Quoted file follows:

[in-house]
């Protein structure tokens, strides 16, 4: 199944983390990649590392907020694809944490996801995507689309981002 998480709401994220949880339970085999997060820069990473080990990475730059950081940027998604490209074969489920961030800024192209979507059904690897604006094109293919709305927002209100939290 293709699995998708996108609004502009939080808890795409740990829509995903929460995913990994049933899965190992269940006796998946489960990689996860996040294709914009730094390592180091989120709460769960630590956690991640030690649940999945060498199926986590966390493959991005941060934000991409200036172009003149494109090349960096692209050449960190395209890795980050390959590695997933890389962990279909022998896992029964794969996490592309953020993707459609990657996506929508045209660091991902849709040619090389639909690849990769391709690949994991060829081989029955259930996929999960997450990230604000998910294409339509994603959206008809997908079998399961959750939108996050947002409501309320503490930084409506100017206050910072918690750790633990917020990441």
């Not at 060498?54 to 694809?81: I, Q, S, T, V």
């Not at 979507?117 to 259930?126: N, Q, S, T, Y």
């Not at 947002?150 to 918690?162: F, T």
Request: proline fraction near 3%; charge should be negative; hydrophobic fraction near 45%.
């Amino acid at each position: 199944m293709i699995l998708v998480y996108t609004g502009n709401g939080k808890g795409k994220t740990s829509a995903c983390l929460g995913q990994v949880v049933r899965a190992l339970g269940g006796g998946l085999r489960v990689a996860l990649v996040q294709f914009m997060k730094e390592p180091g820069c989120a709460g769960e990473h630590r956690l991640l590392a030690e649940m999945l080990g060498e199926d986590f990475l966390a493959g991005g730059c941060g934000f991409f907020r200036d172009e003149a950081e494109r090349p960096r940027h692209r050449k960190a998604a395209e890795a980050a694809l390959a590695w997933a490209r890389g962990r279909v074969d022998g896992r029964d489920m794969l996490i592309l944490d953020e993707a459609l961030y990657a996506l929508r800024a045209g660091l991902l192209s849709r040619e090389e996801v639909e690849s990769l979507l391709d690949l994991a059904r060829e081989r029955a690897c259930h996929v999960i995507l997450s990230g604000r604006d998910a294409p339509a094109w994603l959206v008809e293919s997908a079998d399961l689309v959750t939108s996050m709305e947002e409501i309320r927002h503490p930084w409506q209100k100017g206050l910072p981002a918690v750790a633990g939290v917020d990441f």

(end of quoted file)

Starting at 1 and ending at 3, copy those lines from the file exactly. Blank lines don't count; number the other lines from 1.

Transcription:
[in-house]
């Protein structure tokens, strides 16, 4: 199944983390990649590392907020694809944490996801995507689309981002 998480709401994220949880339970085999997060820069990473080990990475730059950081940027998604490209074969489920961030800024192209979507059904690897604006094109293919709305927002209100939290 293709699995998708996108609004502009939080808890795409740990829509995903929460995913990994049933899965190992269940006796998946489960990689996860996040294709914009730094390592180091989120709460769960630590956690991640030690649940999945060498199926986590966390493959991005941060934000991409200036172009003149494109090349960096692209050449960190395209890795980050390959590695997933890389962990279909022998896992029964794969996490592309953020993707459609990657996506929508045209660091991902849709040619090389639909690849990769391709690949994991060829081989029955259930996929999960997450990230604000998910294409339509994603959206008809997908079998399961959750939108996050947002409501309320503490930084409506100017206050910072918690750790633990917020990441």
């Not at 060498?54 to 694809?81: I, Q, S, T, V």